January 19. After leaving Paris, our Air India flight shows a film on basic w.c. behavior, evidently for the enlightenment of people who have never been in one: how toilets are flushed, how hot and cold water can be conjured from a faucet, how to use a wash basin, how hands and faces are dried with towels.
January 20. New Delhi. A stultifying, soul-corroding airport. Older men squat on their haunches near the walls, while young ones in ill-fitting red denims go through motions of sweeping the floor. During a seven-hour wait for a constantly delayed Royal Nepal plane, we can do little in the dim light except watch the ebb and flow of other arriving and departing herds. “Have patience, have patience,” a ticket agent says, joining his palms together (the namaste) as if to pray. Most of the people in the boarding-area “lounge” have Mongoloid features, but turbanned Sikhs are here, too, Hindu women in saris clutching strings of “rosary” beads, and American hippie counterculture types, with backpacks and trekking gear. An alluring young woman, long braid, bangle bracelets, suckles her baby on the floor in the lotus position.
Launchings of new Nepali airplanes are accompanied by the ritual sacrifice of animals. Mercifully not detained for such ceremonies, our Caravelle rises steeply over sprawling tenements and parched, rutted land intersected by irrigation ditches. The stewardesses—violet saris, flowers in their hair, the vermilion tikka on their foreheads, collyrium on their eyelids—remind us to advance our watches fifteen minutes, an odd, Through the Looking Glass differentiation; but, then, today in the Nepali calendar is the seventh in the month of Magh in the year 2046.
Halfway to the Nepal capital, the Himalayas burst into view, the white top of the world. In reddish late afternoon light we descend over green hills, terraced rice paddies, and—surprisingly, since Katmandu is southeast, not north, of Delhi, but also appropriately, since the form originated here—a pagoda. Tribhuvan terminal is new, but the brown filigreed woodwork is in traditional Nepalese style. We buy rupees and surrender our bags at Customs where they are ransacked, a consequence, no doubt, of yesterday’s interception of a cache of heroin from Hong Kong. Five rapacious porters, one per bag and two dollars each, push their way toward a small taxi, leaving us to scrimmage against a wall of outstretched hands, like those of tantric Buddhist gods with a superhuman multiplicity of arms.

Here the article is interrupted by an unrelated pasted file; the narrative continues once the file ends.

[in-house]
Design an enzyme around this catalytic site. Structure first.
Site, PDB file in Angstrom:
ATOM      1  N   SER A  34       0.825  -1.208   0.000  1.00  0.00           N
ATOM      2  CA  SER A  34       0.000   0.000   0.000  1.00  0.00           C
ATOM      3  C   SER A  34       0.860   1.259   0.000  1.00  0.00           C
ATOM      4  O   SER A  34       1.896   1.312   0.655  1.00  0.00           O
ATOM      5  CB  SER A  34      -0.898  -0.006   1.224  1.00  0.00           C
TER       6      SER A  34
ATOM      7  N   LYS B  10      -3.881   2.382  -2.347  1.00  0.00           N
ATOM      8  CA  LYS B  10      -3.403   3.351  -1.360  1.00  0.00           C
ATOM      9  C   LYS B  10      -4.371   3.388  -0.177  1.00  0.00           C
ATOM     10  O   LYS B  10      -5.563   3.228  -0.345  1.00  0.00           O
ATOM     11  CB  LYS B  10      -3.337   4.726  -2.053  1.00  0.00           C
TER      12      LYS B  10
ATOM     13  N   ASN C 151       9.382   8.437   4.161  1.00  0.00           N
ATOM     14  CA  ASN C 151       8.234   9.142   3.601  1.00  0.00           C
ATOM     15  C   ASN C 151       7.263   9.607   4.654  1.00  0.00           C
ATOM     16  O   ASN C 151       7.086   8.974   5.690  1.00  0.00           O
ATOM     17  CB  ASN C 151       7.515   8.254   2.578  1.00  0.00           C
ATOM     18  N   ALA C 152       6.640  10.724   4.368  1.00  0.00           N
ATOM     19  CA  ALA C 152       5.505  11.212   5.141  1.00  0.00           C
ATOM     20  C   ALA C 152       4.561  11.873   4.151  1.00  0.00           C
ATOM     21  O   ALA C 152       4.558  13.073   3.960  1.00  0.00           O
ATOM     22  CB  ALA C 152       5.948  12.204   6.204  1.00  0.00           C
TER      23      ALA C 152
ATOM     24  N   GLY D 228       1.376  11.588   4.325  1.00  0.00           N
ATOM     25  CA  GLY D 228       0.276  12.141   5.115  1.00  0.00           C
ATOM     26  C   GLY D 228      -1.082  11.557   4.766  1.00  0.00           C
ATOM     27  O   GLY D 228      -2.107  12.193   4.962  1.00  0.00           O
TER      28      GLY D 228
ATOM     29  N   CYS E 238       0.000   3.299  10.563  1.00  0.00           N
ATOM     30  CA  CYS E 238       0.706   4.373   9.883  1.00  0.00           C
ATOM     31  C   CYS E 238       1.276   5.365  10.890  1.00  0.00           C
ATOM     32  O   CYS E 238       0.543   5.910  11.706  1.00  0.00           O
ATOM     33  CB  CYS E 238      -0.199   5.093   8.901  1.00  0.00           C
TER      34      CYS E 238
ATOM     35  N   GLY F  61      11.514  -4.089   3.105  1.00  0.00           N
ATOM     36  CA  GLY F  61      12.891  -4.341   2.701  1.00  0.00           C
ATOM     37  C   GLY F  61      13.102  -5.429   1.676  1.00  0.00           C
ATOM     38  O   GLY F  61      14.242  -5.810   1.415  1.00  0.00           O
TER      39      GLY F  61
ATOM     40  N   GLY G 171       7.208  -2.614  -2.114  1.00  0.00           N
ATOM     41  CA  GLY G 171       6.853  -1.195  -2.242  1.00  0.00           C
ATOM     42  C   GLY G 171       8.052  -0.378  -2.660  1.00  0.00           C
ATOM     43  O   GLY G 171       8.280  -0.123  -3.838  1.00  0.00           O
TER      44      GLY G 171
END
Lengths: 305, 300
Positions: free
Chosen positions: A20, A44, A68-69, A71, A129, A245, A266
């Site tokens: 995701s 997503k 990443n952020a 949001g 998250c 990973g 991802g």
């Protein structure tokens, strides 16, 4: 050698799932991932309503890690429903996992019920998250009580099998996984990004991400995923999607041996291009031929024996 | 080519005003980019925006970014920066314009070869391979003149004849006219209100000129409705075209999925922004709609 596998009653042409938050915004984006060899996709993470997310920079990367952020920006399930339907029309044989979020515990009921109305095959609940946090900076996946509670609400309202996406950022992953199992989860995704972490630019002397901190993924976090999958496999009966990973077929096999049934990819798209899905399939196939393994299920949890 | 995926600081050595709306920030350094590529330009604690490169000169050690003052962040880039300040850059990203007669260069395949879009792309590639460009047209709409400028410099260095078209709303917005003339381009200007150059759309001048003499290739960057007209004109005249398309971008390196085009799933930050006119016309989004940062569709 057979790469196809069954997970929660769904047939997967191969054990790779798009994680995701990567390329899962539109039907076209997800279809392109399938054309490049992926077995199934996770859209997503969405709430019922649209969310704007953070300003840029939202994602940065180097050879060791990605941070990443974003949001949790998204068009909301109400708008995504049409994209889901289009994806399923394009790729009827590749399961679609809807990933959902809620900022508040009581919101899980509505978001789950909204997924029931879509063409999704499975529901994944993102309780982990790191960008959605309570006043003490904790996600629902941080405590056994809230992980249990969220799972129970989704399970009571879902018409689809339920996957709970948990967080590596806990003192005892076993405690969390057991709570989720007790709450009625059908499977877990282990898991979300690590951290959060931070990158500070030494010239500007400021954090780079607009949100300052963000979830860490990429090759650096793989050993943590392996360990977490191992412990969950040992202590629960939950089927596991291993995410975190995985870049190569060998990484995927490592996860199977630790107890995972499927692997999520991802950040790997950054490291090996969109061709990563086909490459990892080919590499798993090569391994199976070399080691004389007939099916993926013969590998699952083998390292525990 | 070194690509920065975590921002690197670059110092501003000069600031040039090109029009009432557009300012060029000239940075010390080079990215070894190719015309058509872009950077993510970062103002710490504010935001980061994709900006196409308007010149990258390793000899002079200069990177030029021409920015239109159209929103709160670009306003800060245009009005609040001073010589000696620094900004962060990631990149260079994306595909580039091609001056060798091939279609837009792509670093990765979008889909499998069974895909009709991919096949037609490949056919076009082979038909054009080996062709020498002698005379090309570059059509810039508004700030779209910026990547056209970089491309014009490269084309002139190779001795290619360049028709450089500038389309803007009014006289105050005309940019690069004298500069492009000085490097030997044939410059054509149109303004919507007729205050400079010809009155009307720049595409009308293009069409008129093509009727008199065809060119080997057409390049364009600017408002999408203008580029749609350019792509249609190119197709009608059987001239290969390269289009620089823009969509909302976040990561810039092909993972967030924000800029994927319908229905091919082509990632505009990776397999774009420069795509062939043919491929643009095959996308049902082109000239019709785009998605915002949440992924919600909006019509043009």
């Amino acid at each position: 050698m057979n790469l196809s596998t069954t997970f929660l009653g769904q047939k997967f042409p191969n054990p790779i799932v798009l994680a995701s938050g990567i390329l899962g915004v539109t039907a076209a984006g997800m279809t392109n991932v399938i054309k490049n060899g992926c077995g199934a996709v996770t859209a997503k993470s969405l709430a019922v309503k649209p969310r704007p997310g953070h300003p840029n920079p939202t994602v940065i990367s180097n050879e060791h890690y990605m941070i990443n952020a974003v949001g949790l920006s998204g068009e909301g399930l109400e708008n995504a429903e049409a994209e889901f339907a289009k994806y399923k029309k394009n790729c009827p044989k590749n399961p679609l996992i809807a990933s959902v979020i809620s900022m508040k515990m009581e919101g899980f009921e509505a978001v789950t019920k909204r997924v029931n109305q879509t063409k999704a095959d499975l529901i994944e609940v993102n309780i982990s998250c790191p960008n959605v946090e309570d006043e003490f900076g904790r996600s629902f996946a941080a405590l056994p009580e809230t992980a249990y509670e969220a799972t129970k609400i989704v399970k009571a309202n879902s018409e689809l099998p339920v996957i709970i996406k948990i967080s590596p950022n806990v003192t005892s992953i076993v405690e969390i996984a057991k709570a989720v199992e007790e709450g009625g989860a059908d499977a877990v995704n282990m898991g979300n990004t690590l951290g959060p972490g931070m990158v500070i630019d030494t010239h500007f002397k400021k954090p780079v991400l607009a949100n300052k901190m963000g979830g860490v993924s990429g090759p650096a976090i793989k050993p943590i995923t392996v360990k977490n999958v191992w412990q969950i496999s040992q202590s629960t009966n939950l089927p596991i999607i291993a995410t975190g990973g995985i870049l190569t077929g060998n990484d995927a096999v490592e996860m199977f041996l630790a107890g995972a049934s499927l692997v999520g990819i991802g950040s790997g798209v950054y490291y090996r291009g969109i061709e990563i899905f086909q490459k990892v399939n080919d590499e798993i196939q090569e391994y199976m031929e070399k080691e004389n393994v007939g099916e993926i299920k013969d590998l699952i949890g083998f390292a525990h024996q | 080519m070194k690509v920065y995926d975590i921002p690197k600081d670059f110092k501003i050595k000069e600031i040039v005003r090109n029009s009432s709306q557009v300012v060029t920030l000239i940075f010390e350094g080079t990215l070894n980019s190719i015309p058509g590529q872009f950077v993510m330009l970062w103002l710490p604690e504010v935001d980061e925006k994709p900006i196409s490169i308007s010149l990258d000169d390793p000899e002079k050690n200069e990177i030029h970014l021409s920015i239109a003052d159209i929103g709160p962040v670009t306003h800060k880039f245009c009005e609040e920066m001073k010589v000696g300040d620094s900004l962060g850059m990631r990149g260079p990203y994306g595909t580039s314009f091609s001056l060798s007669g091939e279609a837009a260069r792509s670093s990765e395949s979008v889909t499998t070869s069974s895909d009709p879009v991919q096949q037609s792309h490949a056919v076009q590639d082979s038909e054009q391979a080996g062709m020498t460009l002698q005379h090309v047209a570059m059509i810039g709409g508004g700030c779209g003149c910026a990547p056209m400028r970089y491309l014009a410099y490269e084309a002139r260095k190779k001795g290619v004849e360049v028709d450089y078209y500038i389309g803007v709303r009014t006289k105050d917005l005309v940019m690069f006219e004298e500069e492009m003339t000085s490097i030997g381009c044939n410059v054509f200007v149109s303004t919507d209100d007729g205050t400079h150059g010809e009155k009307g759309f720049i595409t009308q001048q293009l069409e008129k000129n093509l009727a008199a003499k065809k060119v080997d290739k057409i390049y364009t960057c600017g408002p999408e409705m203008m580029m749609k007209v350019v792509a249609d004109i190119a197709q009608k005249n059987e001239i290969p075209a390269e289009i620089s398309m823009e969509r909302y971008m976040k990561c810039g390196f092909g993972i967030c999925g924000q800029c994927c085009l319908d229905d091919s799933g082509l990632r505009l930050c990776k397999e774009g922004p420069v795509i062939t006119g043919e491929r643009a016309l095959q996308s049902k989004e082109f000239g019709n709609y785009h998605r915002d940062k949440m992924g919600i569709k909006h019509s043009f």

Theoretically, traffic is to the left, but the road is indivisibly narrow and we encounter only one other automobile. The city streets are unpaved, dust-clouded, choked with people and animals—sacred cows (given wide berth), goats, pigs, chickens, dogs (but no cats: they embody evil spirits)—through which Hondas honk and bicycles weave like figure skaters. In the absence of street lights, the driver takes bearings from cooking fires and the candles of the small shrines and temples that are on every block. The doorman at the Yak and Yeti Hotel brings Gunga Din to mind, perhaps because of his fondness for saluting.
The furnishings in our teak-paneled rooms—mini-bar, telephones, TV (one channel, but with a news program in English)—are Japanese. The windows are permanently locked, probably because of a rich entomological activity—fly whisks are a fixture in Nepalese genre painting, even in depictions of life in heaven—and the outside sills are beds of nails, not for fakirs but against the noisy pigeons that nevertheless roost there during the night. In the restaurant, five booths surrounding an open wood fire with brass funnel chimney, we drink Pol Roget and eat Boris’s beetless borscht; Boris Lissanevitch—his life is recounted in Michael Peissel’s Tigers for Breakfast—is a White Russian who danced for Diaghilev before emigrating to Nepal. The waiters, white livery with red sashes and Nehru-type topis—the national headgear for men—bring what we point to on the English side of the menu with almost no verbal exchanges. By ten o’clock the streets are totally dark, and, except for a taxi stand of three-wheeled bicycle rickshaws, deserted—a curfew, perhaps, because of political tensions. We walk in the hotel garden among small statues of elephants. Ganesh, the elephant-headed son of Shiva and Parvati, is the god of “auspiciousness,” whatever that means.